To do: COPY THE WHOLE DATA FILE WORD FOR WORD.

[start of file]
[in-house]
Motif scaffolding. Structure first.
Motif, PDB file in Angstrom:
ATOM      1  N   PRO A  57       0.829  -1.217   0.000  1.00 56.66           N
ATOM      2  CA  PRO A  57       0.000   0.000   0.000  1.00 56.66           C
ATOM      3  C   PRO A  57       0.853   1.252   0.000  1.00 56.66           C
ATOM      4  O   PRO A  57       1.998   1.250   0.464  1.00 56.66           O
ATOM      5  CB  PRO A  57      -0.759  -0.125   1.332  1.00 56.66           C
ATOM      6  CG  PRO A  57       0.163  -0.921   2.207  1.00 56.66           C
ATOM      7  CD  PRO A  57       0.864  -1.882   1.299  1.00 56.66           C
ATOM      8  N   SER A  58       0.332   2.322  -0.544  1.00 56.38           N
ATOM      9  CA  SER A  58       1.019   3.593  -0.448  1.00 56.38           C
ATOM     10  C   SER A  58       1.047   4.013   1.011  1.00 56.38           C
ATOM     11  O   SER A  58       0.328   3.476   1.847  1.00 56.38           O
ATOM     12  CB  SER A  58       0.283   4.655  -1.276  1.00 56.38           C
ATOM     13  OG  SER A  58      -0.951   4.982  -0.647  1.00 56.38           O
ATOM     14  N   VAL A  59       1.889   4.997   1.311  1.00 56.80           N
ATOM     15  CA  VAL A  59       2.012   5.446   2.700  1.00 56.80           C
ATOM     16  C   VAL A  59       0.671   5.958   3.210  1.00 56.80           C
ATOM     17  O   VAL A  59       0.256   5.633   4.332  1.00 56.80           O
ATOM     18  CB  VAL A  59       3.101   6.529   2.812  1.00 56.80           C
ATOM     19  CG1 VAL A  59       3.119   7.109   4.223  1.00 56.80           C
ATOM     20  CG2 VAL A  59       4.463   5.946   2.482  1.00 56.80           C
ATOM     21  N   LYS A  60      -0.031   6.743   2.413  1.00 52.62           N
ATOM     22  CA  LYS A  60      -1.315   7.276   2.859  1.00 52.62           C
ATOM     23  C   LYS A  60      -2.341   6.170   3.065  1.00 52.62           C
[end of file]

[in-house]
Motif scaffolding. Structure first.
Motif, PDB file in Angstrom:
ATOM      1  N   PRO A  57       0.829  -1.217   0.000  1.00 56.66           N
ATOM      2  CA  PRO A  57       0.000   0.000   0.000  1.00 56.66           C
ATOM      3  C   PRO A  57       0.853   1.252   0.000  1.00 56.66           C
ATOM      4  O   PRO A  57       1.998   1.250   0.464  1.00 56.66           O
ATOM      5  CB  PRO A  57      -0.759  -0.125   1.332  1.00 56.66           C
ATOM      6  CG  PRO A  57       0.163  -0.921   2.207  1.00 56.66           C
ATOM      7  CD  PRO A  57       0.864  -1.882   1.299  1.00 56.66           C
ATOM      8  N   SER A  58       0.332   2.322  -0.544  1.00 56.38           N
ATOM      9  CA  SER A  58       1.019   3.593  -0.448  1.00 56.38           C
ATOM     10  C   SER A  58       1.047   4.013   1.011  1.00 56.38           C
ATOM     11  O   SER A  58       0.328   3.476   1.847  1.00 56.38           O
ATOM     12  CB  SER A  58       0.283   4.655  -1.276  1.00 56.38           C
ATOM     13  OG  SER A  58      -0.951   4.982  -0.647  1.00 56.38           O
ATOM     14  N   VAL A  59       1.889   4.997   1.311  1.00 56.80           N
ATOM     15  CA  VAL A  59       2.012   5.446   2.700  1.00 56.80           C
ATOM     16  C   VAL A  59       0.671   5.958   3.210  1.00 56.80           C
ATOM     17  O   VAL A  59       0.256   5.633   4.332  1.00 56.80           O
ATOM     18  CB  VAL A  59       3.101   6.529   2.812  1.00 56.80           C
ATOM     19  CG1 VAL A  59       3.119   7.109   4.223  1.00 56.80           C
ATOM     20  CG2 VAL A  59       4.463   5.946   2.482  1.00 56.80           C
ATOM     21  N   LYS A  60      -0.031   6.743   2.413  1.00 52.62           N
ATOM     22  CA  LYS A  60      -1.315   7.276   2.859  1.00 52.62           C
ATOM     23  C   LYS A  60      -2.341   6.170   3.065  1.00 52.62           C